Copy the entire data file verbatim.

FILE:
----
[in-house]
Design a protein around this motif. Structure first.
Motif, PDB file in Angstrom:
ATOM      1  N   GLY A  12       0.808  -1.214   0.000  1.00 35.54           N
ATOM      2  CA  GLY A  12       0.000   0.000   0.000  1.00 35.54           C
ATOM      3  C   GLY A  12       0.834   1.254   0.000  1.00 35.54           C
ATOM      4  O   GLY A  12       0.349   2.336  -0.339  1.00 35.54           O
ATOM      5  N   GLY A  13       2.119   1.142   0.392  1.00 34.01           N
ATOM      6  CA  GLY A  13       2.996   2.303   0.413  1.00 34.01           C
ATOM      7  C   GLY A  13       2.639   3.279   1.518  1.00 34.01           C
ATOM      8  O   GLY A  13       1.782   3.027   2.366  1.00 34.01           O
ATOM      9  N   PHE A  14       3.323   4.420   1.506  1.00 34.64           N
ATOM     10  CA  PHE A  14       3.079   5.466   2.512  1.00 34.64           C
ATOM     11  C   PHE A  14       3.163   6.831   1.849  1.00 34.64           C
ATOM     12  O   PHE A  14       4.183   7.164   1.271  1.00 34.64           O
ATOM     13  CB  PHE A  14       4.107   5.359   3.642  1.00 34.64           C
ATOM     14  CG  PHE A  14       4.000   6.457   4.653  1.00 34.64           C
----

[in-house]
Design a protein around this motif. Structure first.
Motif, PDB file in Angstrom:
ATOM      1  N   GLY A  12       0.808  -1.214   0.000  1.00 35.54           N
ATOM      2  CA  GLY A  12       0.000   0.000   0.000  1.00 35.54           C
ATOM      3  C   GLY A  12       0.834   1.254   0.000  1.00 35.54           C
ATOM      4  O   GLY A  12       0.349   2.336  -0.339  1.00 35.54           O
ATOM      5  N   GLY A  13       2.119   1.142   0.392  1.00 34.01           N
ATOM      6  CA  GLY A  13       2.996   2.303   0.413  1.00 34.01           C
ATOM      7  C   GLY A  13       2.639   3.279   1.518  1.00 34.01           C
ATOM      8  O   GLY A  13       1.782   3.027   2.366  1.00 34.01           O
ATOM      9  N   PHE A  14       3.323   4.420   1.506  1.00 34.64           N
ATOM     10  CA  PHE A  14       3.079   5.466   2.512  1.00 34.64           C
ATOM     11  C   PHE A  14       3.163   6.831   1.849  1.00 34.64           C
ATOM     12  O   PHE A  14       4.183   7.164   1.271  1.00 34.64           O
ATOM     13  CB  PHE A  14       4.107   5.359   3.642  1.00 34.64           C
ATOM     14  CG  PHE A  14       4.000   6.457   4.653  1.00 34.64           C